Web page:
After five years, Johnny Cueto finally has an extra-base hit

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Reds starter Johnny Cueto delivered a ground rule double in the third inning Sunday, giving him his first extra-base hit in his 217th major league at-bat.

Cueto entered the day with a lifetime .088/.124/.088 line and four RBI in 216 at-bats. He was 2-for-24 with 10 strikeouts this season.

Apparently, the rare need for him to run the bases exhausted him; he had water brought to the mound for him while he was working in the fourth.

Cueto continued to pitch well afterwards, though. He allowed just one run in seven innings against the Mets to improve to 8-3 on the season.

Cueto’s .088 slugging percentage at the beginning of the day was the 11th lowest for anyone with at least 200 career plate appearances (since 1900). The all-time low mark belonged to Rob Herbel, a 1960’s pitcher who hit .029/.065/.034 in 206 at-bats. Among the more recent pitchers to fare worse than Cueto were Brian Moehler (.045/.098/.054 in 202 AB) and Ben Sheets (.078/.115/.085 in 436 AB).

Video: Starling Marte refuses to take first base after being hit by pitch

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Pirates outfielder Starling Marte was hit on the hand by a Jack Flaherty pitch in the fourth inning of Tuesday night’s game against the Cardinals. Rather than take first base, Marte — who came to the plate with a runner on first base — insisted to home plate umpire Bruce Dreckman that the ball hit the knob of the bat, not his hand. Marte was allowed to continue his at-bat, though manager Clint Hurdle came out to discuss the ruling with Dreckman. Marte eventually grounded into a fielder’s choice. He then got caught attempting to steal second base and the Pirates scored zero runs in the inning.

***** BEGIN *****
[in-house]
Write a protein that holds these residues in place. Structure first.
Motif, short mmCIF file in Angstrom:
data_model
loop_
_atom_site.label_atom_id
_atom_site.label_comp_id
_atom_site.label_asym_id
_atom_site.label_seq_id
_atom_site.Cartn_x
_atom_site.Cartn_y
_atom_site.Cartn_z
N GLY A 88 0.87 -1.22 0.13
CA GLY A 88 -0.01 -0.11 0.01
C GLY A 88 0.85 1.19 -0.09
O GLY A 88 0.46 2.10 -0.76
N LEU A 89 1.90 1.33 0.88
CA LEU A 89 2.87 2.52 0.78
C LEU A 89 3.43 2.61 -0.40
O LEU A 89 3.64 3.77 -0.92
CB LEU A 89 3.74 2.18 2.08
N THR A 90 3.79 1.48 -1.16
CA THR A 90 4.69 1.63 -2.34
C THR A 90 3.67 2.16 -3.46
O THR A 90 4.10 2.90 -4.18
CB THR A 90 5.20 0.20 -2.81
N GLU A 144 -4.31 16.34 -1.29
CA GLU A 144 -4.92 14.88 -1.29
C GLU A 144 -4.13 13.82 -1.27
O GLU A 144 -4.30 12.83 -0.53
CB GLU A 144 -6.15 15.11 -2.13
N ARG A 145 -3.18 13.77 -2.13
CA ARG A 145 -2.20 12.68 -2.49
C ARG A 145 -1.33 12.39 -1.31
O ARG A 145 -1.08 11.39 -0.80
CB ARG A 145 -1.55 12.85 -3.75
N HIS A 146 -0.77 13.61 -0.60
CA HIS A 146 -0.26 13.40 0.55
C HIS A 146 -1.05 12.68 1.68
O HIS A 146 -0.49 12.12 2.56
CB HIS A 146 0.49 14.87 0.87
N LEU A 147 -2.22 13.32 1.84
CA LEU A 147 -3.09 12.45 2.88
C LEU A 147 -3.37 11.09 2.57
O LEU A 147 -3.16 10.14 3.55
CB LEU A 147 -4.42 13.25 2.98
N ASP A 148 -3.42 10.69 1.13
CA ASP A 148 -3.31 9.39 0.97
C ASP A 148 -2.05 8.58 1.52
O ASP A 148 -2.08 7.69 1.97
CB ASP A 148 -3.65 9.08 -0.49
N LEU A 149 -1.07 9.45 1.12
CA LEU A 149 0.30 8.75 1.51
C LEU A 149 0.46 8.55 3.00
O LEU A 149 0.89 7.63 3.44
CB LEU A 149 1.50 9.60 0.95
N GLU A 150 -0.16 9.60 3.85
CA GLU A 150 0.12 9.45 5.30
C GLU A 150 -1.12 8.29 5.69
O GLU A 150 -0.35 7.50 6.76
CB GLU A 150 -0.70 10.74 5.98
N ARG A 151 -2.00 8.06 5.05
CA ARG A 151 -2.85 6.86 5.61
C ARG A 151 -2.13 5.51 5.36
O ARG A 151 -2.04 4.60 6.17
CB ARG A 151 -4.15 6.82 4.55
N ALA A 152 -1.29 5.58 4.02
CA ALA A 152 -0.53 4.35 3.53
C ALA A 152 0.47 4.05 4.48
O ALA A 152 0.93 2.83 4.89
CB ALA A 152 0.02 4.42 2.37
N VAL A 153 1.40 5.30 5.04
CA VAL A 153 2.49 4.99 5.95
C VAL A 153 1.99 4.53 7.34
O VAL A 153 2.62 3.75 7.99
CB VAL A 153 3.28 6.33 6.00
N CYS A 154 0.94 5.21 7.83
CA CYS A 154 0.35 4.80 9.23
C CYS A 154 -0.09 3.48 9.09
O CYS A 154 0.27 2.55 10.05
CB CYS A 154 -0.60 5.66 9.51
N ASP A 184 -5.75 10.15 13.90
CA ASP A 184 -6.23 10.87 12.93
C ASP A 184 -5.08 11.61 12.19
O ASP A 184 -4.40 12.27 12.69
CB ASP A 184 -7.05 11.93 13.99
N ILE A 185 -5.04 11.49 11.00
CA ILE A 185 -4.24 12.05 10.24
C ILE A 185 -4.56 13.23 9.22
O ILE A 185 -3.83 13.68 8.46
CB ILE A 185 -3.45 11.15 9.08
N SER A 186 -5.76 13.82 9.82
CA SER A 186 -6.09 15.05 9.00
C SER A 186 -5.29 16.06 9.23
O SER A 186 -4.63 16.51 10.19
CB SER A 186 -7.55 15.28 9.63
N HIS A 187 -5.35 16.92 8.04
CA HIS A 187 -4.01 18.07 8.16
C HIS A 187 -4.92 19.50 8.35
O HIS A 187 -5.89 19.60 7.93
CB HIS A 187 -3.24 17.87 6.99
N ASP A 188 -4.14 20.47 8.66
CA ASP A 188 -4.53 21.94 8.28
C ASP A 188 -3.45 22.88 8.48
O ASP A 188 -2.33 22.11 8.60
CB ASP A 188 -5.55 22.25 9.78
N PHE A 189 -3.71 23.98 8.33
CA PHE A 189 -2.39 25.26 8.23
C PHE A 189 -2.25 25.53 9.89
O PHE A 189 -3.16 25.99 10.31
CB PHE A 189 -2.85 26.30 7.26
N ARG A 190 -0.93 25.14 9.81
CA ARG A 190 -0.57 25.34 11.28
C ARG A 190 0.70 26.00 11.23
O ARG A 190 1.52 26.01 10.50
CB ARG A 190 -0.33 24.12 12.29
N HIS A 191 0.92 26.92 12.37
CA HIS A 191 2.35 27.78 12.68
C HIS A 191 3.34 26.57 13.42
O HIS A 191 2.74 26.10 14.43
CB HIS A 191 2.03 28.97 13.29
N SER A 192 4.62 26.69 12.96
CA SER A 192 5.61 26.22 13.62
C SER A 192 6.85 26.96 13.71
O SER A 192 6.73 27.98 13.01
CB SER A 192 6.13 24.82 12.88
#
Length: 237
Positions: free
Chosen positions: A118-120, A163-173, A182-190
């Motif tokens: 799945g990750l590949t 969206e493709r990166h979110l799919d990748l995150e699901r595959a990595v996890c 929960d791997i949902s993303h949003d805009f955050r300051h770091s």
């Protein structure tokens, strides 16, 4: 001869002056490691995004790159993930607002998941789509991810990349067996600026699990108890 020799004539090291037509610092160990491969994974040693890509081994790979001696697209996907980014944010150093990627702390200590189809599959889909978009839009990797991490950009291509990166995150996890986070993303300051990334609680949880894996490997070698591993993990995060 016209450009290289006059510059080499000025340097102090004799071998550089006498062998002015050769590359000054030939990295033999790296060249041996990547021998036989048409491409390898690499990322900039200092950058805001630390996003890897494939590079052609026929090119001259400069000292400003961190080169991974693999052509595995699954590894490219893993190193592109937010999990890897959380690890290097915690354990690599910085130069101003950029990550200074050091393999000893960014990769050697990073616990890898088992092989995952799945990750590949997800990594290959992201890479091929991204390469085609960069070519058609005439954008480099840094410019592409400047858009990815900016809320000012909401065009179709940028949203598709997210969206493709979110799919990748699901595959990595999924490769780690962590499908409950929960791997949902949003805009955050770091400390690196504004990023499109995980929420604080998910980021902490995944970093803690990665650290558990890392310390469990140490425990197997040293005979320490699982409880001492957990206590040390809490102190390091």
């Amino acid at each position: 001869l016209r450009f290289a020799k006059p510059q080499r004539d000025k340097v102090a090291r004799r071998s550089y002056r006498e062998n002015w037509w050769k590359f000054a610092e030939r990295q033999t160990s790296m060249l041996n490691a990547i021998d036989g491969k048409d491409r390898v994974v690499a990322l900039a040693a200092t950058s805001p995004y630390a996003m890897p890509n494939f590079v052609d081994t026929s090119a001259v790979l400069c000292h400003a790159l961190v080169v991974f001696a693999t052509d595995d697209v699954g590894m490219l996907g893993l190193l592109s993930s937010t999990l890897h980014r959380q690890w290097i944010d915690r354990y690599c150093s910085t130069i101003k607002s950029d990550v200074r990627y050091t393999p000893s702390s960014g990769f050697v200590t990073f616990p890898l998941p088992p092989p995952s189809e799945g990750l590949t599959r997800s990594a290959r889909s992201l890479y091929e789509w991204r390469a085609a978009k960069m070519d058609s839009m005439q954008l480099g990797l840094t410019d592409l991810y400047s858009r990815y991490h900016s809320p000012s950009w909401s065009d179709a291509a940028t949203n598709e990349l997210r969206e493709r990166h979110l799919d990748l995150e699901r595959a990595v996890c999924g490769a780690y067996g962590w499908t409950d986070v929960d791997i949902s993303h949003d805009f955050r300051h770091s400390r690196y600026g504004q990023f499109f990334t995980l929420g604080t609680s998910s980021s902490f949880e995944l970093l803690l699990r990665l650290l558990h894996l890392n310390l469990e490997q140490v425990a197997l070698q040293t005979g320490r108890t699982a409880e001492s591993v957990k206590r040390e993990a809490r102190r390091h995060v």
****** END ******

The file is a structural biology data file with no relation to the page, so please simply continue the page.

According to Baseball Prospectus, a team that has runners on first and second with no outs is expected to score 1.55 runs. Having a runner on first base with one out yields 0.56 expected runs. Marte essentially cost his team a run by rejecting first base. Oops.